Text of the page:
It is my hope that by asking yourself these questions after a setback, it will be easier and quicker to move forward. Failure and mistakes are, unfortunately, a part of life. The sooner we can learn to work through them, the better it will be for our physical, mental, social and spiritual well-being.

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How Reading Stories can Change Your Outlook

Katie Corbett holds the book, "One Minute Millionaire"

By Katie Corbett

It’s important to vary the kinds of books you read. Reading different types of material will help you stay engaged, keep learning and retain new ideas. I discovered this at one of the lowest points of my life.

When I picked up, “The One-Minute Millionaire,” by Mark Victor Hansen and Robert G. Allen, I was broke. None of my job interviews were panning out and I didn’t know what to do next. The book was interesting to me for two reasons: (1) who doesn’t want to be a millionaire, and (2) it was laid out in a unique way. The right-side pages are written telling a fictional story of a person who becomes a millionaire. The left-hand pages are organized into standalone lessons for implementing the system and becoming a millionaire yourself. Words, phrases and page numbers from the left side of the book are referenced throughout the story on the right. Since I was in such a dark place in my life, I read the story first.

I was relieved when the fictional story held my attention for an extended period of time. I was so stressed by my current circumstances that it felt good to escape into someone else’s life for a while. While reading the book didn’t immediately improve my finances, it fought off the fear and anxiety I felt so I could tackle the problem more creatively and positively.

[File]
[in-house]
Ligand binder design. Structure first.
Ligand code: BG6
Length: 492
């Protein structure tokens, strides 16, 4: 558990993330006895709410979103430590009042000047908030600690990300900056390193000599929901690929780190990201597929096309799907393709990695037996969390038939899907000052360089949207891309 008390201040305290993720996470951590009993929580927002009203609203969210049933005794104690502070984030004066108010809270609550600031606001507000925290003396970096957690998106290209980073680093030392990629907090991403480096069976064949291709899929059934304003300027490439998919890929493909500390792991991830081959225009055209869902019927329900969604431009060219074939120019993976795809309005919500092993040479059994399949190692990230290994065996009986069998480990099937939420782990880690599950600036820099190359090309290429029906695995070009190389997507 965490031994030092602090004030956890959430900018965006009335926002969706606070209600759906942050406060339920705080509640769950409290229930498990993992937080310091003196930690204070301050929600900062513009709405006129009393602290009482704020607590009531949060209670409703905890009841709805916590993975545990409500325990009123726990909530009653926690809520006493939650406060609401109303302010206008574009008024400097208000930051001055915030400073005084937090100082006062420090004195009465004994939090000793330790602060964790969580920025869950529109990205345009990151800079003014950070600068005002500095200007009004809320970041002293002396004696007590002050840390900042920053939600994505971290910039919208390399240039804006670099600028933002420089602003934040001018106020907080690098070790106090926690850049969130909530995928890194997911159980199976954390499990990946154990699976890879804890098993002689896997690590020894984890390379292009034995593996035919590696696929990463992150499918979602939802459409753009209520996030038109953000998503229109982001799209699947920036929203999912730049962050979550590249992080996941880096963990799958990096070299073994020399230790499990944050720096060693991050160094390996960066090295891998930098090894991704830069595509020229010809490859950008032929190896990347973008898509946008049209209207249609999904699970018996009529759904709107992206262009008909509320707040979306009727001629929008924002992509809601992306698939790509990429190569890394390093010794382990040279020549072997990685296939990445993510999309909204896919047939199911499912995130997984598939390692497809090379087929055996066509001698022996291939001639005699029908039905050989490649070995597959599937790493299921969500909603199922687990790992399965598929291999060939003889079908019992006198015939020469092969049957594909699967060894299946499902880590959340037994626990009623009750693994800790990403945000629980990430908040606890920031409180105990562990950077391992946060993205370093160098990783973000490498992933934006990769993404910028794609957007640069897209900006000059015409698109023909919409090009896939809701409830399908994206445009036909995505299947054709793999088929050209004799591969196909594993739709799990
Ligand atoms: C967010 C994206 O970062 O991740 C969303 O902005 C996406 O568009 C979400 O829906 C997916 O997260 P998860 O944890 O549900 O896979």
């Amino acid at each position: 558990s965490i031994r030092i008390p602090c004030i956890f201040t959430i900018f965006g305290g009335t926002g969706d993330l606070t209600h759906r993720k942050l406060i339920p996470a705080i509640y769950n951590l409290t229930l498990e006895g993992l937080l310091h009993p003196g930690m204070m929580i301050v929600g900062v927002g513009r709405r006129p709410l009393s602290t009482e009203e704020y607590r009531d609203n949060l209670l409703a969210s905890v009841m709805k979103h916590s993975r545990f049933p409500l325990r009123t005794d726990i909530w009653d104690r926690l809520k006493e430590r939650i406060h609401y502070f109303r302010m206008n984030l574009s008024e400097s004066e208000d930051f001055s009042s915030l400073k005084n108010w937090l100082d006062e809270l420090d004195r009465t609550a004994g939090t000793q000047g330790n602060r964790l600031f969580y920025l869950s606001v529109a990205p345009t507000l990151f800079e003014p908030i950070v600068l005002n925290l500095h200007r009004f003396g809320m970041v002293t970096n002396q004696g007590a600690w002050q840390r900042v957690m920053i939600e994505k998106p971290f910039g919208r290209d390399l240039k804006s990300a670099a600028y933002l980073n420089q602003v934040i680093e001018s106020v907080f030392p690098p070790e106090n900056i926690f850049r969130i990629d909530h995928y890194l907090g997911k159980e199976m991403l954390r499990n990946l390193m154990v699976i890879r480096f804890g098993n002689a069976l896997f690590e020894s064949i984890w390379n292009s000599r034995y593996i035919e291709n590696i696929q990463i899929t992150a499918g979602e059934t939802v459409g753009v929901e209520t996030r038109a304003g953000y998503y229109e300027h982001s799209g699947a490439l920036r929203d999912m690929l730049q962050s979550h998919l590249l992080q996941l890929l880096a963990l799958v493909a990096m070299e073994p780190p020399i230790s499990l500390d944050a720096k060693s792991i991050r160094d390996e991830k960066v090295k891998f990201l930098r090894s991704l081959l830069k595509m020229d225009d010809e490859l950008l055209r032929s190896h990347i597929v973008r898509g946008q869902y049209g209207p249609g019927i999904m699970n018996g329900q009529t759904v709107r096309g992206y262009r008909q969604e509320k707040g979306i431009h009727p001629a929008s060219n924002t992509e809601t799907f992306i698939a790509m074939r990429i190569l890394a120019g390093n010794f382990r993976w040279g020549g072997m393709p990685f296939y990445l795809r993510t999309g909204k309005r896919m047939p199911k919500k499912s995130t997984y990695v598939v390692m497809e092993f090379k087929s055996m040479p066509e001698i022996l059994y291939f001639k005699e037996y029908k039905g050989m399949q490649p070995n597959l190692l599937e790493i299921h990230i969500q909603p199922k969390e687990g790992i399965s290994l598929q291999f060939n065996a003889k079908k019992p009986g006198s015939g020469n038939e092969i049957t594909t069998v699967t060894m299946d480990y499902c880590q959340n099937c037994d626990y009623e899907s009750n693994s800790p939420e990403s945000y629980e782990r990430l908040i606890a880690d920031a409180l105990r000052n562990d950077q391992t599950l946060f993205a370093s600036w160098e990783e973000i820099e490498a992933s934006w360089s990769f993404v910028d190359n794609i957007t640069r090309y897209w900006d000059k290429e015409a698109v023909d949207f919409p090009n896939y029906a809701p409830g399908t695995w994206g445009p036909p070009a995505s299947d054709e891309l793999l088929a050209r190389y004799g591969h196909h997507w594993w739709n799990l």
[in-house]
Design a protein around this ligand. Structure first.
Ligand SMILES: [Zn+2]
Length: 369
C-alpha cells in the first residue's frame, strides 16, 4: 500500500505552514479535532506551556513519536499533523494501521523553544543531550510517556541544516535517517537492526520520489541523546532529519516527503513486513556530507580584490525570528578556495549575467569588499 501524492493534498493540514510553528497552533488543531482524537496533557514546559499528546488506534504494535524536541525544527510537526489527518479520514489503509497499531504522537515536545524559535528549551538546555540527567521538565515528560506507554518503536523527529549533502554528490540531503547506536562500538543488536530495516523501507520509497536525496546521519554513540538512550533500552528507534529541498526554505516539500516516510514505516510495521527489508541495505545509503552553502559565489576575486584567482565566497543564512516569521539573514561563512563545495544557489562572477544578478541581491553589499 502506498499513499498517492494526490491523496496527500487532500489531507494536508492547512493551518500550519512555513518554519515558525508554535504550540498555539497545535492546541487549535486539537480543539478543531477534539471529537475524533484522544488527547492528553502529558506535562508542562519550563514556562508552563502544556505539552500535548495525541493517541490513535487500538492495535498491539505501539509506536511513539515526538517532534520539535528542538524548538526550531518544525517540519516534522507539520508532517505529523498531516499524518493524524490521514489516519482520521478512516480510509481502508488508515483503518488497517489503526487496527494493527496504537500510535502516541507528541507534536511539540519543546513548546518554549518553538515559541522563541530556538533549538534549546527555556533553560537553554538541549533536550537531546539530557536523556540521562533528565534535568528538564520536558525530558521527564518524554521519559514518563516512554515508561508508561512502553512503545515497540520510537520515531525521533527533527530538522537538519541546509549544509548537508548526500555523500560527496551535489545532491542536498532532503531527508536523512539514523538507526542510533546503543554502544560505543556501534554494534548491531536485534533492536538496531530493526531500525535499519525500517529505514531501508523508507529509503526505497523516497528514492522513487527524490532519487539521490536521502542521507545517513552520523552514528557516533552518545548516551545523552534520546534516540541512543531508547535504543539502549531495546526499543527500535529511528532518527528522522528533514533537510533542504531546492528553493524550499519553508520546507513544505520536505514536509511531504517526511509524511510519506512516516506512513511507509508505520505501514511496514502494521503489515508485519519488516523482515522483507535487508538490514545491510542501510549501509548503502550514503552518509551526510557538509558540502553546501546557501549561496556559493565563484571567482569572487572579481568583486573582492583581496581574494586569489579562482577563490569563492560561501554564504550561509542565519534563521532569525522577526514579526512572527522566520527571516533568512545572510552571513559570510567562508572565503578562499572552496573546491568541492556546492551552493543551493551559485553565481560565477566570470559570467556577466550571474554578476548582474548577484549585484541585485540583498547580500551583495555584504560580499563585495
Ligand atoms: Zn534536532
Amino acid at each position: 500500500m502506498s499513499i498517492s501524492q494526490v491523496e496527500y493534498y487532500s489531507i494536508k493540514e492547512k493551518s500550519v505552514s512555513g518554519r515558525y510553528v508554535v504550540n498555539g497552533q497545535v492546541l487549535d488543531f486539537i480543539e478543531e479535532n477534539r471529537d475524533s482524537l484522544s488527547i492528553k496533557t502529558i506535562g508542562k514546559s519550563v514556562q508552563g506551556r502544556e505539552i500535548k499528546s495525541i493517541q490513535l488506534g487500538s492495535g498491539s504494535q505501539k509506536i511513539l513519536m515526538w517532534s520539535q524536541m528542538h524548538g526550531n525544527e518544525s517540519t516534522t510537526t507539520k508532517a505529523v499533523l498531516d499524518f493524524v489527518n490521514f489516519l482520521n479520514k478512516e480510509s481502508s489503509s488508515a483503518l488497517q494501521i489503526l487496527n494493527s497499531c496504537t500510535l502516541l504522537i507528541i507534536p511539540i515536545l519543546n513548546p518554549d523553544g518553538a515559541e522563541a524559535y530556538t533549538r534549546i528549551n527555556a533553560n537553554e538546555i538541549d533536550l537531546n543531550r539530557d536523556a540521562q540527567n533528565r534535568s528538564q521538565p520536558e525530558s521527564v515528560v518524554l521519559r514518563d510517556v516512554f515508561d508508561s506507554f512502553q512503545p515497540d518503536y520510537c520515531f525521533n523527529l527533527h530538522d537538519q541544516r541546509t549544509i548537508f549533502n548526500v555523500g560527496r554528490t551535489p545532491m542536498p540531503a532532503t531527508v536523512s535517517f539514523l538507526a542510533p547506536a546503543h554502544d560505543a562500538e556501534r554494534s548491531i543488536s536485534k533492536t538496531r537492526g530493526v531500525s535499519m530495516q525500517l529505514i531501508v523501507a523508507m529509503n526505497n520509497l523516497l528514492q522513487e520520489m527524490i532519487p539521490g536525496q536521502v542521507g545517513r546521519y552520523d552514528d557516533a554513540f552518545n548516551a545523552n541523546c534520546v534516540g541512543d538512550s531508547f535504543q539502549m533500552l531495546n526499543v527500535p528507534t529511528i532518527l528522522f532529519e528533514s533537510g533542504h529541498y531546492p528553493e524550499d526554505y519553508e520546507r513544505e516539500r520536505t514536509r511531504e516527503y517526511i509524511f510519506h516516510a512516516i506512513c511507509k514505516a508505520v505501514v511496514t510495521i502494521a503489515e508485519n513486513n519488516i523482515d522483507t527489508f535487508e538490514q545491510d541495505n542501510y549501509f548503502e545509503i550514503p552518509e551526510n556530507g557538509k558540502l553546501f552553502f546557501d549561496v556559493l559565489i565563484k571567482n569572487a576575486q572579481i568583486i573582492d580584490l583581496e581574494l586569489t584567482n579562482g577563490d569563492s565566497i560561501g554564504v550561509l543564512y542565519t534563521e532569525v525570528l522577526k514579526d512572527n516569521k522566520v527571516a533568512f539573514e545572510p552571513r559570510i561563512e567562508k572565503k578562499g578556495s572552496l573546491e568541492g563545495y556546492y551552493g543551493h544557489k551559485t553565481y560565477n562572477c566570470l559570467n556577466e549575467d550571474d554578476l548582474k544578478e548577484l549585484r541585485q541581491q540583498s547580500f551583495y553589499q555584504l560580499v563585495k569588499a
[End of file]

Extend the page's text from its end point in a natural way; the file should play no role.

At a time when it would have been easy to get analysis paralysis, reading a story helped me keep learning. I learned that my mindset and staying positive were very important, and that I could change my mindset no matter how much—or how little–money I had in the bank. Reading about a fictional character struggling through her own negative self-talk made me feel less alone and I learned, through her relatable, albeit fictional example, how to change thought patterns in the midst of everyday life and personal struggles.

Reading in story form allowed me to retain new ideas better than if I were simply reading a step-by-step guide. It has been three years since I first picked up “The One-Minute Millionaire.” I have not read it every day or even referred back to it many times at all. Yet I am constantly putting its ideas and principles into practice each day in my life, career and business. I know I would not have retained the information nearly as well if it hadn’t been delivered in such an entertaining and engaging fashion.

I’m not a millionaire yet. I’m on my way to getting there. I know I wouldn’t be on this journey without having first read “The One-Minute Millionaire.” I encourage you to pick up a copy, suspend any doubt, fear or skepticism as you read, and prepare to be amazed at your own ingenuity and resourcefulness.